Back at work again for another 4 weeks. My vacation consisted of 5 1/2 days at home, which was nowhere near enough. I made it back to my job, and that was good. Asking me to do so with enthusiasm might have been a bi much. I've bitten off more than I could chew with the schedule I set up for myself. I figure that now that I'm back at work I'll take a few days to get into the rhythm in terms of the sleep cycle, then I'll be 100%. In the meanwhile I'm here and working, and doing my job, and that's a good thing.
My first cargo discharge this time has come with some complications. A brand new diesel engine, so new that it hasn't even had it's first oil change, has been soggy and hard to light since it was handed down to us by the powers that be. Today the cooling system got airbound, and after I worked up the courage to poke around and find the issue, I rectified the problem after a bit of a to-do mostly consisting of me questioning if I dare to touch a new engine and then about 5 minutes to actually fix the problem.
Am I mechanically inclined? Meh. 50/50 I guess. I'm not a natural, but once I'm oriented I do OK. It's the orientation that is the issue. It's need-based for me. I'm not going to tinker unless there's no one to tinker for me.
As an example, when I was a new nugget of a biologist, I tore around the sleepy Cape Cod community of Woods Hole, MA on a motorcycle. Being in my early 20's, and therefore 8-foot 12 and bulletproof, I drove my bike, often as not, in man-sandals and shorts, long hair flying. The bike was what it was, something that a 20-something guy with $100,000 in student loan debt and a $18,000 a year job would afford. A P.O.S. (Piece of Shit, if you were wondering), in other words. The starter was worn out, so unless it was above 80 degrees outside (a rarity in Woods Hole), starting a cold engine required a running start to pop the clutch and turn the engine over. In the two years between buying the bike and investing in the next vehicle, the best pickup that $500 could buy, I became a pro at tearing down that bike. After, with the truck, I became conversant with the Chevy 305 block, as well, though, to be fair, it was the things you bolted to the block that were always dying on me.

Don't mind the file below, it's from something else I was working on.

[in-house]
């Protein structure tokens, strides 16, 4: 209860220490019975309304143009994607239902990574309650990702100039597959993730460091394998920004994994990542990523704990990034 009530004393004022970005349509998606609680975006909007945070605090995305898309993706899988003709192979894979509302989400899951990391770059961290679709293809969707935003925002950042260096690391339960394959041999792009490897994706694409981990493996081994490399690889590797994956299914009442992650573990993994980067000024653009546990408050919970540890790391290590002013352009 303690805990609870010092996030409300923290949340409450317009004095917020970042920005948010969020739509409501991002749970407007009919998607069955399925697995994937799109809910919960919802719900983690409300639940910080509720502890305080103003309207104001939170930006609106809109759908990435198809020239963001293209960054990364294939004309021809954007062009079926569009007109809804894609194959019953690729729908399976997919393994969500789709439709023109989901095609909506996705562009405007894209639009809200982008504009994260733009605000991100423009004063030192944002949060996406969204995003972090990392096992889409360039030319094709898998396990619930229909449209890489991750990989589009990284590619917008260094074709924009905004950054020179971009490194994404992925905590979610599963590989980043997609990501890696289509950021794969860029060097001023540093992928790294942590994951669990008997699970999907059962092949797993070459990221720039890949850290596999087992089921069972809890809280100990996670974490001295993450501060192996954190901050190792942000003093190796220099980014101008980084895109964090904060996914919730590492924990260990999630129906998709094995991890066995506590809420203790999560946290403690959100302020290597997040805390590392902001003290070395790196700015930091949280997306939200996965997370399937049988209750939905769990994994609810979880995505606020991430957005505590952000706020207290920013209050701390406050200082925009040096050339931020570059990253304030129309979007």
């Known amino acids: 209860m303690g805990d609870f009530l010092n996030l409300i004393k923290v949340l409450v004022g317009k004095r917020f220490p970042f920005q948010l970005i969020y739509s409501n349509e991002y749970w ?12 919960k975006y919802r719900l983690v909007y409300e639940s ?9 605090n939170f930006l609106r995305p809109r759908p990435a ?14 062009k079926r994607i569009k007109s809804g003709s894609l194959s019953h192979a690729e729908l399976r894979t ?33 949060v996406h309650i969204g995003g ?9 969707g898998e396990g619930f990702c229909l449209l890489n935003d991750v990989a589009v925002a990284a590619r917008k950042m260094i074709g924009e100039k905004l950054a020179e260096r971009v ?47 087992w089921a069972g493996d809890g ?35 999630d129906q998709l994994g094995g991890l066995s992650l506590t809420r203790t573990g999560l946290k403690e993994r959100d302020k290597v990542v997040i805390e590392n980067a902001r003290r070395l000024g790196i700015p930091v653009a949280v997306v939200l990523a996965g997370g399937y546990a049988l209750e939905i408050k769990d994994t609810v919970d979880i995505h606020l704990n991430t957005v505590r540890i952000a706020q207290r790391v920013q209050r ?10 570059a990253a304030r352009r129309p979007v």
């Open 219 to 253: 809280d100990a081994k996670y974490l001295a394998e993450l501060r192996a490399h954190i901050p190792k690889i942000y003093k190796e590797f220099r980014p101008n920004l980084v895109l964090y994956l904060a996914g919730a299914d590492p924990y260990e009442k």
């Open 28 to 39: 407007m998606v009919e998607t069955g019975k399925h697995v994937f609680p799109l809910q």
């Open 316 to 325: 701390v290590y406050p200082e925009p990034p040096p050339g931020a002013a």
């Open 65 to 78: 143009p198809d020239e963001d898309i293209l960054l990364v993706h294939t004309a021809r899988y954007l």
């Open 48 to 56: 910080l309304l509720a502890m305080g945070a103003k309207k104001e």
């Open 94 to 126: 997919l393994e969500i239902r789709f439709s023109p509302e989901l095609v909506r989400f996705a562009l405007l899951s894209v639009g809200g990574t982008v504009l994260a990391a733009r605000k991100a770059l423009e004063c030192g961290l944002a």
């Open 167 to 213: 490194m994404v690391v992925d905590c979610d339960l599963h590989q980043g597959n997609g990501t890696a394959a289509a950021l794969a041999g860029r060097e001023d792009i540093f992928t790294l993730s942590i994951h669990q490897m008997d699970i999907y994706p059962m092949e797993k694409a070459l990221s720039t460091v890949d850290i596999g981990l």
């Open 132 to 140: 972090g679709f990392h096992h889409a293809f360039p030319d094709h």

Nowadays, with engineers here than there in my job, it's a rarity for me to dive into an engine and hope that I can put it back together in the same shape I found it. As a habit from those days of being poor and driving shitty vehicles, I always buy new, and when there are two shop visits in the same year for the same vehicle, trade it in. With my free time so scarce, I'm not going to lose a half a day sitting waiting for AAA if I can help it... and in that vein, I couldn't justify sitting and shutting down a job with a recalcitrant cooling system that was sitting on a factory floor 3 months ago. Amazingly, it worked. I'm pretty sure I know what I did and everything.
Gunblog Variety Cast Ep 136
34 minutes ago